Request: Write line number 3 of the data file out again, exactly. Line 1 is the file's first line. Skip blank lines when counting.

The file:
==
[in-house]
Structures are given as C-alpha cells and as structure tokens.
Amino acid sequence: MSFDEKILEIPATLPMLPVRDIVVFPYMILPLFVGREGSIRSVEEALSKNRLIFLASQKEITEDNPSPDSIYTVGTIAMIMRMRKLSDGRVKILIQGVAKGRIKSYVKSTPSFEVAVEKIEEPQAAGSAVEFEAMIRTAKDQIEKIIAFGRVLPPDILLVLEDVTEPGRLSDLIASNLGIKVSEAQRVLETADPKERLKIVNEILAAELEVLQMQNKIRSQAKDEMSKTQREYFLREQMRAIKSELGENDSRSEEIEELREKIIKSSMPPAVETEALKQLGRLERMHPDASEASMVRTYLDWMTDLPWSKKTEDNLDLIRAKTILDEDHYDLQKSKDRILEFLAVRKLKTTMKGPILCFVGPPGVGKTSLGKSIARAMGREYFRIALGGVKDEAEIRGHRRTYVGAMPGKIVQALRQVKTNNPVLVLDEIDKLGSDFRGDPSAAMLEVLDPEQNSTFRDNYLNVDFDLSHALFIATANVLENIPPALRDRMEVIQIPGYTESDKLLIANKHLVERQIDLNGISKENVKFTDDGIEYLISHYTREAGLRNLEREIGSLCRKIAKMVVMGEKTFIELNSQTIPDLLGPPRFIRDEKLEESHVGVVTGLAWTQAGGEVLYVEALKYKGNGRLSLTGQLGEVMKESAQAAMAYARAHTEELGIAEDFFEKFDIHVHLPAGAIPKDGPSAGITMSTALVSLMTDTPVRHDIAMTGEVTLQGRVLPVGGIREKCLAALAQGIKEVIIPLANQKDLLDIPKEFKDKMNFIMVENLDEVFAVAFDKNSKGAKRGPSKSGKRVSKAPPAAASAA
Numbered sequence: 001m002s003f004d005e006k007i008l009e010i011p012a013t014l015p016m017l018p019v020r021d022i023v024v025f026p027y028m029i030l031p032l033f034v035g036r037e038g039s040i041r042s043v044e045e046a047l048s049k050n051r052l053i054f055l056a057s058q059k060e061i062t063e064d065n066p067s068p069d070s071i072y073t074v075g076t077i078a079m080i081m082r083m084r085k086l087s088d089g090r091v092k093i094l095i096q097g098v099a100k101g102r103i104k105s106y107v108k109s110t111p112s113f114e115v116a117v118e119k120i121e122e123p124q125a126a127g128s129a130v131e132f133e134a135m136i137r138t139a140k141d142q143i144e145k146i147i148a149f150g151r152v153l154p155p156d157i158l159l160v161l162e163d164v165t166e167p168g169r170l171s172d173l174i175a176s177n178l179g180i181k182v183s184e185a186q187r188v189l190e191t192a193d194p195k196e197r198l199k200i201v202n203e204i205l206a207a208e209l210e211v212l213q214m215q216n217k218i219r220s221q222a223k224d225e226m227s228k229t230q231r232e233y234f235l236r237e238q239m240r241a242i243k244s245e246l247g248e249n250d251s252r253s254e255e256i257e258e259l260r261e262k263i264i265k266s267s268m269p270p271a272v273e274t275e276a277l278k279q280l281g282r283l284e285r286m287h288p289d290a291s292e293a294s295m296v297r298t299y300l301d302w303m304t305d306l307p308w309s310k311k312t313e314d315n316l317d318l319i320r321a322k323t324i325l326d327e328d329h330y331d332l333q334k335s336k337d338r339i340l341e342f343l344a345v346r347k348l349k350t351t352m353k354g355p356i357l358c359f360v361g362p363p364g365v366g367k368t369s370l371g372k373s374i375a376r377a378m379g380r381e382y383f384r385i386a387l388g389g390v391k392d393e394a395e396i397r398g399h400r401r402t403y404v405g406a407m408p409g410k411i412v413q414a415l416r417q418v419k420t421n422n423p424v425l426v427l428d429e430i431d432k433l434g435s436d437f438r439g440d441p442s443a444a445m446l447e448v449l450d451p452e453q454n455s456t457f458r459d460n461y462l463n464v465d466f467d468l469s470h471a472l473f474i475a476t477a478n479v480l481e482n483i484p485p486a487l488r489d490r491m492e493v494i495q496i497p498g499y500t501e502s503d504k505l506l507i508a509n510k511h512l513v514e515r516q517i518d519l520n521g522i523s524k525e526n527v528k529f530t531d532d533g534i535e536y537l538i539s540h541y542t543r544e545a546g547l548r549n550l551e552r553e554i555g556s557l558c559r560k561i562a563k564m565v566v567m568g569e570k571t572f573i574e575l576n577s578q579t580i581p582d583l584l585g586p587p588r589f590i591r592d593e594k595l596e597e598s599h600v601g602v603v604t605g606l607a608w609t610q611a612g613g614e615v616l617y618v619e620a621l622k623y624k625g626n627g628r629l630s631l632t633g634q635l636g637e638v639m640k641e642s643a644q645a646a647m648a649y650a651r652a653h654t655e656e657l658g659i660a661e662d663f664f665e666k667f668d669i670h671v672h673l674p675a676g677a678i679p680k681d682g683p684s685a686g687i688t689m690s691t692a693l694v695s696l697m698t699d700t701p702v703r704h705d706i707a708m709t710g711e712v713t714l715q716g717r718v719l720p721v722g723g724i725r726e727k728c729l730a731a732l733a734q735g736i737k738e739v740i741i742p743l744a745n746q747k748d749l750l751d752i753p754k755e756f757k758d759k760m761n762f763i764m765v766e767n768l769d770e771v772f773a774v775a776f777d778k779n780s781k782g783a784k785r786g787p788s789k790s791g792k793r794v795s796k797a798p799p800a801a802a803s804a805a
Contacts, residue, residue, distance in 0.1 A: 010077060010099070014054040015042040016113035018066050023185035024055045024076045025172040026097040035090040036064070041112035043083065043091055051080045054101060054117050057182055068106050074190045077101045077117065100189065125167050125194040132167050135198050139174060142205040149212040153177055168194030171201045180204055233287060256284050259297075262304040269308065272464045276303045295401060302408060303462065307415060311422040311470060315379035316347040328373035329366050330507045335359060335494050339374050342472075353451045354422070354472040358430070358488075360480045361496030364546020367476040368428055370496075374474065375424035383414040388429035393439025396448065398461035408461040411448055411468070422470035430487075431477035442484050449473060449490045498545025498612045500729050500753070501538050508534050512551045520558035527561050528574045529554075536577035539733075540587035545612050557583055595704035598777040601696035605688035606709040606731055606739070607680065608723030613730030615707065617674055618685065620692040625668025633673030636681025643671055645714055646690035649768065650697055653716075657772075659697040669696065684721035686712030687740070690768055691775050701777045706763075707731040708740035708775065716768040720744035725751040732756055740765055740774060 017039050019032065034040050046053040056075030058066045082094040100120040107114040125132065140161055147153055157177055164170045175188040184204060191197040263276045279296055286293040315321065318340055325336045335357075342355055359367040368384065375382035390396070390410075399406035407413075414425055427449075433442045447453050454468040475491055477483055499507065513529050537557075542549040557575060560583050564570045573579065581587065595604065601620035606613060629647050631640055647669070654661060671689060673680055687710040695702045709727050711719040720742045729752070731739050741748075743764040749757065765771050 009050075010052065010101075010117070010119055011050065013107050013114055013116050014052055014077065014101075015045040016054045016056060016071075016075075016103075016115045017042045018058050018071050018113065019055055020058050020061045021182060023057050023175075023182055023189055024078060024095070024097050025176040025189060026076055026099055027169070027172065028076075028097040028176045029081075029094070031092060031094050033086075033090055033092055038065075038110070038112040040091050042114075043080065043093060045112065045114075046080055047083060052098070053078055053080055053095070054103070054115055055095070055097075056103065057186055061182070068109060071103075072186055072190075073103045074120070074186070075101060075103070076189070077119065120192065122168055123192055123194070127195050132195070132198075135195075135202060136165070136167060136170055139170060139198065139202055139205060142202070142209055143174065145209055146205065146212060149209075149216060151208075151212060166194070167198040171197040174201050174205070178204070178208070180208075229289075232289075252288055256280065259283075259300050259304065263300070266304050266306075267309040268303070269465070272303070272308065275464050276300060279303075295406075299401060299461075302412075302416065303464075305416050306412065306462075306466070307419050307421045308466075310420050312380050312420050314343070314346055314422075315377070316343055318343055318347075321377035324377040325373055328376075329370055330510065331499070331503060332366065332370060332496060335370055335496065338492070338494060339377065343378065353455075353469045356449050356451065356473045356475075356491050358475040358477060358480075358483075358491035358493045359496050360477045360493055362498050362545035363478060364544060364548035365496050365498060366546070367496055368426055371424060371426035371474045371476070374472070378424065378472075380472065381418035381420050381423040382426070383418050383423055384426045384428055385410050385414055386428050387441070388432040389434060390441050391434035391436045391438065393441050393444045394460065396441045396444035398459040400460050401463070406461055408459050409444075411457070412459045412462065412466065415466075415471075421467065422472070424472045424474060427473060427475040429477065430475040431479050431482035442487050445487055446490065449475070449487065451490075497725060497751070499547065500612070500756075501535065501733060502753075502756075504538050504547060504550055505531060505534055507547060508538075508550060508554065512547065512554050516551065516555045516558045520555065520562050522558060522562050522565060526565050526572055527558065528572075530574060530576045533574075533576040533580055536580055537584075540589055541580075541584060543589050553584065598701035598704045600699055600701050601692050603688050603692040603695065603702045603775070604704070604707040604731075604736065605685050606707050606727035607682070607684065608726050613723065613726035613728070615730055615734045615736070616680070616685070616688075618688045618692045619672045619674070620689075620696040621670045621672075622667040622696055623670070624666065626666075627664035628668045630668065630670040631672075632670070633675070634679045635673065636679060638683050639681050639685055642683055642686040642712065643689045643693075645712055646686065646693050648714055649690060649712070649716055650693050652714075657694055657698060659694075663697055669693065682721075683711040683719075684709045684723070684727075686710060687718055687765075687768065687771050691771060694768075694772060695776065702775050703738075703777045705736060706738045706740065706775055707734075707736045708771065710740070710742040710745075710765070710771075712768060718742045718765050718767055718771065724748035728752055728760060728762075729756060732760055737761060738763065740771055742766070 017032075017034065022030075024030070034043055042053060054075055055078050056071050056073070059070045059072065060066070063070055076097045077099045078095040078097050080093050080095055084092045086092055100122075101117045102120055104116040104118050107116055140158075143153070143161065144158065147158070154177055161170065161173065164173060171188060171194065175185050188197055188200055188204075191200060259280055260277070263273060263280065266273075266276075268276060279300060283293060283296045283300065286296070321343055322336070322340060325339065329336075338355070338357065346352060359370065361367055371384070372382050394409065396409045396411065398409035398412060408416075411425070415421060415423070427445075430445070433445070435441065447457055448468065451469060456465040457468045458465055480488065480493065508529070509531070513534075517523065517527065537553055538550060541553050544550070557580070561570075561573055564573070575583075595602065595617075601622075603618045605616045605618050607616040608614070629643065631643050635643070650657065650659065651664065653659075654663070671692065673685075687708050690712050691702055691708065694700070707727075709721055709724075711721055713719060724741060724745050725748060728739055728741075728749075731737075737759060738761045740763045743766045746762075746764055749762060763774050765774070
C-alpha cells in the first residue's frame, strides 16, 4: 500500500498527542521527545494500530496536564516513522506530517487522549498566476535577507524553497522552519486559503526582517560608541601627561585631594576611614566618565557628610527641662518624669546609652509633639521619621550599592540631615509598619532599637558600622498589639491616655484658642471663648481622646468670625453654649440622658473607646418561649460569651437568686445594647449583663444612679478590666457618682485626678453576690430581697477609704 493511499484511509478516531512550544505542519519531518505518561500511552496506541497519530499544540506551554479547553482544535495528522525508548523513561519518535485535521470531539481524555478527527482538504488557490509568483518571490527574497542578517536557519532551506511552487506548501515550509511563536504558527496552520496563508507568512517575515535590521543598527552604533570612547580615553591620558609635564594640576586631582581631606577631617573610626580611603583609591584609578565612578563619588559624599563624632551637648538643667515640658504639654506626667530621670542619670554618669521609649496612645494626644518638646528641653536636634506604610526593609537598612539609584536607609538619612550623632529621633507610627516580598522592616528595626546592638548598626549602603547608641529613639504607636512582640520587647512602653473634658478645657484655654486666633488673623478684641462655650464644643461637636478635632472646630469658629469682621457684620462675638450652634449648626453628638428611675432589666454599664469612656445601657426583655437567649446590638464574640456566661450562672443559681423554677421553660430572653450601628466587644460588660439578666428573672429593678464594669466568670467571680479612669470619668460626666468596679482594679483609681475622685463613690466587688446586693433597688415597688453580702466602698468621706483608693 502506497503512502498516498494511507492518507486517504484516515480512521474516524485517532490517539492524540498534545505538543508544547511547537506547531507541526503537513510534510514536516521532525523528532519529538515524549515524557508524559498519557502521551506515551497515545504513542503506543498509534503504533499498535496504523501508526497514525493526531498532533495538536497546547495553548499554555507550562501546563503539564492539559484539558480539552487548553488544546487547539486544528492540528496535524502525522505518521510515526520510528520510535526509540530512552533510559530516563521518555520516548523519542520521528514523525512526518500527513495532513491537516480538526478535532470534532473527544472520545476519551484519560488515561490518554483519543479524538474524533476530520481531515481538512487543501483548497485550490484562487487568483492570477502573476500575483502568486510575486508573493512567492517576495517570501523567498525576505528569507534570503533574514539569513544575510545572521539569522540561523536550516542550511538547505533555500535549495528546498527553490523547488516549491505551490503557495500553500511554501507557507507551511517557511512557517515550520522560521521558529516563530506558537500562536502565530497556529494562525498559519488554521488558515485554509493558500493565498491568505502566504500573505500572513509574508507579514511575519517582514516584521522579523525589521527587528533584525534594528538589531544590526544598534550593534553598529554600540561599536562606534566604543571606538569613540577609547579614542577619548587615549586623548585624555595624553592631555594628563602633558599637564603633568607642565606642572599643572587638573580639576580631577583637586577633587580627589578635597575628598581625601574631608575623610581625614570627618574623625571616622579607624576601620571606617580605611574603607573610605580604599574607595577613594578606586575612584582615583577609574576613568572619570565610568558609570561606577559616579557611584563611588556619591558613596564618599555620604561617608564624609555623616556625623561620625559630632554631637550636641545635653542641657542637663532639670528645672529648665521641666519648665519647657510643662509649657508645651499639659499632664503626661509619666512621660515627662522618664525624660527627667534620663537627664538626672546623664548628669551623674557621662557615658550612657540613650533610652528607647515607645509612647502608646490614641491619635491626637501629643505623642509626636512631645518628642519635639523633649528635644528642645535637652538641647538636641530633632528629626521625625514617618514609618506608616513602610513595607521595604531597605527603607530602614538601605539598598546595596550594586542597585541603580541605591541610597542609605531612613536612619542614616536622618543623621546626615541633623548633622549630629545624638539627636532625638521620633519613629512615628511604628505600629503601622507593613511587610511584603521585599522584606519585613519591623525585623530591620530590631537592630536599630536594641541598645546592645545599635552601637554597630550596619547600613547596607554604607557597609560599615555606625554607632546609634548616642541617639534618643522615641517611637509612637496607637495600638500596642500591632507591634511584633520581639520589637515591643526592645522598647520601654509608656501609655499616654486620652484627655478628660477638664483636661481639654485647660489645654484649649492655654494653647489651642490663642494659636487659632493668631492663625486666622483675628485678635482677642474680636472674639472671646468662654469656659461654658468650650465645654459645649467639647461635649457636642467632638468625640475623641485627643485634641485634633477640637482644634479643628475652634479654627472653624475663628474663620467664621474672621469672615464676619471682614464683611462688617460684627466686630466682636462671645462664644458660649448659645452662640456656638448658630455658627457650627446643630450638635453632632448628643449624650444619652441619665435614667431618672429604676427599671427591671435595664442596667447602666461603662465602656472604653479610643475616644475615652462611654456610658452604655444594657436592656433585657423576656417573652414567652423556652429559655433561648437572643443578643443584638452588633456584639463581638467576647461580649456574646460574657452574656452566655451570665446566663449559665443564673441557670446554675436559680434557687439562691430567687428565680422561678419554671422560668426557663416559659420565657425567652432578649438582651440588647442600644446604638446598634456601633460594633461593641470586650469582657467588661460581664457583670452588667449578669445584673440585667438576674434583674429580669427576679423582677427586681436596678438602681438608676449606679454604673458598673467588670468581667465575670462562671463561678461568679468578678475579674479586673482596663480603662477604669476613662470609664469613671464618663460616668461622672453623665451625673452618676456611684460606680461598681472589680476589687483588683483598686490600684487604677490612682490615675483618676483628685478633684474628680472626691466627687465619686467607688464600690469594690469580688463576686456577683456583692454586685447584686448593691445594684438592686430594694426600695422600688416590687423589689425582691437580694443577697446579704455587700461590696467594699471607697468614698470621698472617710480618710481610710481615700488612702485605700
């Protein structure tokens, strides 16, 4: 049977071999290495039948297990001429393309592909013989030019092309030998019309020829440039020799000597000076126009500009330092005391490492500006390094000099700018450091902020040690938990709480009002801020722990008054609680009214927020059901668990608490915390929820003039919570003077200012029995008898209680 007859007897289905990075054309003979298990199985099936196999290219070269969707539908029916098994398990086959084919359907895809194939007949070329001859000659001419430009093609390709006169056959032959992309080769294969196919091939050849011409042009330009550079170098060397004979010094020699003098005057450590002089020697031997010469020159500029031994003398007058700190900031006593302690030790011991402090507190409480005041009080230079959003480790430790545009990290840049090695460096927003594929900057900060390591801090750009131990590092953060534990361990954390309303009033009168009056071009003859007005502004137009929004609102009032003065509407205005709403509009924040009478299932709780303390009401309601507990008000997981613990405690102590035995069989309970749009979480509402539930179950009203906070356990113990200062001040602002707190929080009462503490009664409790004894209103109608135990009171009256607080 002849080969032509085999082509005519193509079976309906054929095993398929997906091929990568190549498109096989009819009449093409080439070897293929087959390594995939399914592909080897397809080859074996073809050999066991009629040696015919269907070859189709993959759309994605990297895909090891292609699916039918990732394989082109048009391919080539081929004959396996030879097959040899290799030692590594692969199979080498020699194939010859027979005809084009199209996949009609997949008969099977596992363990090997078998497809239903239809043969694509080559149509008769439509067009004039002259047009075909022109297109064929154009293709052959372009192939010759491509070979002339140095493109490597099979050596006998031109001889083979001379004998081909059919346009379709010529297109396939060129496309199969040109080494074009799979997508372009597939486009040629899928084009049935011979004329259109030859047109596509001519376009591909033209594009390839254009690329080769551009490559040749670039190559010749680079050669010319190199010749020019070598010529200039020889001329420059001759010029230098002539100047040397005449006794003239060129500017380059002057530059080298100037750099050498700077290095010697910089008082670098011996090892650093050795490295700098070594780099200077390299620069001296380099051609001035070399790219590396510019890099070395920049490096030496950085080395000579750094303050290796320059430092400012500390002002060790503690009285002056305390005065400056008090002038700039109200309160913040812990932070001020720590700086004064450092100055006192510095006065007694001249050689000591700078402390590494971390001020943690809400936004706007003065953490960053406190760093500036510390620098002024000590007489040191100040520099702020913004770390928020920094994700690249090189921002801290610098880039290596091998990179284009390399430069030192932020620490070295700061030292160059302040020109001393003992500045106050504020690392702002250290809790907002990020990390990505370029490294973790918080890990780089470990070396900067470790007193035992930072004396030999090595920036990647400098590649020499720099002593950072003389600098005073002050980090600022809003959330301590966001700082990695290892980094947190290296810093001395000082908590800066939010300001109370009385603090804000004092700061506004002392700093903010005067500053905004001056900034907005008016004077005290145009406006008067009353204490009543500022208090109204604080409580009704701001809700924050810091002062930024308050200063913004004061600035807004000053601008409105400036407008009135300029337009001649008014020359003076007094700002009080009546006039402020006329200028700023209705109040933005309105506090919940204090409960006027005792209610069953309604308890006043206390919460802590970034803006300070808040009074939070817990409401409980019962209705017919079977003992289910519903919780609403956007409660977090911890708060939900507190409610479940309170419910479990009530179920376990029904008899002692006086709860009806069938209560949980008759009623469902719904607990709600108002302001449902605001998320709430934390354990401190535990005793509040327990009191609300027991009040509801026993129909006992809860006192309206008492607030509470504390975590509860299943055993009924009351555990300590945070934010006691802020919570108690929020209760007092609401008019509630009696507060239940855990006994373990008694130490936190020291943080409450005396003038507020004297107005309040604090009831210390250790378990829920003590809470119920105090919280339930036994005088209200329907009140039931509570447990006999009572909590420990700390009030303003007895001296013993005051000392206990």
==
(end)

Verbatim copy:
Amino acid sequence: MSFDEKILEIPATLPMLPVRDIVVFPYMILPLFVGREGSIRSVEEALSKNRLIFLASQKEITEDNPSPDSIYTVGTIAMIMRMRKLSDGRVKILIQGVAKGRIKSYVKSTPSFEVAVEKIEEPQAAGSAVEFEAMIRTAKDQIEKIIAFGRVLPPDILLVLEDVTEPGRLSDLIASNLGIKVSEAQRVLETADPKERLKIVNEILAAELEVLQMQNKIRSQAKDEMSKTQREYFLREQMRAIKSELGENDSRSEEIEELREKIIKSSMPPAVETEALKQLGRLERMHPDASEASMVRTYLDWMTDLPWSKKTEDNLDLIRAKTILDEDHYDLQKSKDRILEFLAVRKLKTTMKGPILCFVGPPGVGKTSLGKSIARAMGREYFRIALGGVKDEAEIRGHRRTYVGAMPGKIVQALRQVKTNNPVLVLDEIDKLGSDFRGDPSAAMLEVLDPEQNSTFRDNYLNVDFDLSHALFIATANVLENIPPALRDRMEVIQIPGYTESDKLLIANKHLVERQIDLNGISKENVKFTDDGIEYLISHYTREAGLRNLEREIGSLCRKIAKMVVMGEKTFIELNSQTIPDLLGPPRFIRDEKLEESHVGVVTGLAWTQAGGEVLYVEALKYKGNGRLSLTGQLGEVMKESAQAAMAYARAHTEELGIAEDFFEKFDIHVHLPAGAIPKDGPSAGITMSTALVSLMTDTPVRHDIAMTGEVTLQGRVLPVGGIREKCLAALAQGIKEVIIPLANQKDLLDIPKEFKDKMNFIMVENLDEVFAVAFDKNSKGAKRGPSKSGKRVSKAPPAAASAA